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Wednesday, 6 December 2017

Lessons from Iceland

In my last post, I looked at recent reports that fewer women are not having children than a generation ago.   This research was carried out in the UK and I'm not sure if it holds true in other parts of Europe.

Iceland has higher birth rates than other European countries.  It also has a high divorce rate and many children are brought up by single parents or in step-families.

Over the last ten years, the fertility rate in Iceland has been around two children over the lifetime of each woman. In 2014, the average European fertility rate was 1.58 children per woman—lowest in Portugal, Greece and Cyprus.  In 2015, 30.1 percent of Icelandic children were born to married parents, 52 percent to cohabiting parents, and 15.3 percent to parents neither married nor in long-term relationships. By comparison, of the 28 European Union countries, around 40 percent of children were born out of wedlock. After Iceland, the second-least-likely countries for children to be born to married parents were Bulgaria (58.3 percent), Slovenia (58.3 percent) and Sweden (54.6 percent).  At the other end of the scale, only 2.8 percent of Turkish children were born to unmarried parents and 8.2 percent of Greek children.  From the website Icelandic Review

 Yet in Iceland, this is not a cause of stigma or disapproval.    Interestingly, Iceland also has a high rate of happiness and well-being.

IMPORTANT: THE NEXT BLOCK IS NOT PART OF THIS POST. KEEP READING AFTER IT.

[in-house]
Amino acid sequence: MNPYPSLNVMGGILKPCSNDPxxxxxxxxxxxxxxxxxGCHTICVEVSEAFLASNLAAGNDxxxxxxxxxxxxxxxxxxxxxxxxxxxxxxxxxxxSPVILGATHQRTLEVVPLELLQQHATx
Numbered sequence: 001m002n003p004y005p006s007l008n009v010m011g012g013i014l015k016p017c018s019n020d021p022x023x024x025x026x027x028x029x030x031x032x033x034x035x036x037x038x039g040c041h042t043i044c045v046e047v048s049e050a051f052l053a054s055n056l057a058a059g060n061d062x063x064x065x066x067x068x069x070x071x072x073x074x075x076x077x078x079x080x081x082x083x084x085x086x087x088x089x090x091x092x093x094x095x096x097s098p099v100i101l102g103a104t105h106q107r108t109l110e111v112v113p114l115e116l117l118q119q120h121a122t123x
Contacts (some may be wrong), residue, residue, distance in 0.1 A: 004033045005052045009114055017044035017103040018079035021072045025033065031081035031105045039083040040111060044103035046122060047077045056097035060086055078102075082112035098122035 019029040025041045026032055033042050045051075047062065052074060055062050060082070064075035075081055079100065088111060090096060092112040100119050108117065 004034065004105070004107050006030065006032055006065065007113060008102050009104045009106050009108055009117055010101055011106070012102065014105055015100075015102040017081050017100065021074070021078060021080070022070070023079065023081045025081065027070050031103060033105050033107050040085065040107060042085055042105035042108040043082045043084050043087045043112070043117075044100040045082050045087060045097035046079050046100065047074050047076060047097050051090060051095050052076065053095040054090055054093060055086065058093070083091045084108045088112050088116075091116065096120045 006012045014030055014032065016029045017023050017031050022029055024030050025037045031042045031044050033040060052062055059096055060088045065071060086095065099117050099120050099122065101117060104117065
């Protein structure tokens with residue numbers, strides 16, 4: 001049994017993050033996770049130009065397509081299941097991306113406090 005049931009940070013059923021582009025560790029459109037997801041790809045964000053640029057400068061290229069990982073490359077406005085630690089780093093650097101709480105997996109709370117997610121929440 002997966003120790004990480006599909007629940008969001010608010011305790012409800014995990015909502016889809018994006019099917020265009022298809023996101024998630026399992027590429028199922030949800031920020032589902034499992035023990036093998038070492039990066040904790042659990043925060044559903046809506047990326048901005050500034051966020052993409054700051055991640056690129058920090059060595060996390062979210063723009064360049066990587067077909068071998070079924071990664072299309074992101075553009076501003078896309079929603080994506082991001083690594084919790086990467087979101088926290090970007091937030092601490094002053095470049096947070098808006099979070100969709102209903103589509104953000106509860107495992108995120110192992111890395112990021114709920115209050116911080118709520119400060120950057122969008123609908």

In this fascinating article on Iceland and what makes Icelanders so happy, John Carlin came to the conclusion that one of the main reasons was the acceptance of different forms of family AND a high level of governmental support for family through good parental leave, childcare and schooling.

When a child's birthday comes around, not only do the various sets of parents turn up for the party, the various sets of grandparents - and whole longboats of uncles and aunts - come too. Iceland, lodged in the middle of the North Atlantic with Greenland as its nearest neighbour, was too far from the remit of any but the more zealously obstinate of the medieval Christian missionaries. It is a largely pagan country, as the natives like to see it, unburdened by the taboos that generate so much distress elsewhere.

So it would seem that is the decision to have children as much less stressful and fraught than it is elsewhere.   I'm sure that there still are women in Iceland who are struggling but it appears that without the worry and stress of judgement coupled with generous government support makes it much more acceptable for women to have children in a range of different situations.

If you were free of all society expectations of how you should have children and what your family should look like, would you find the decision easier?


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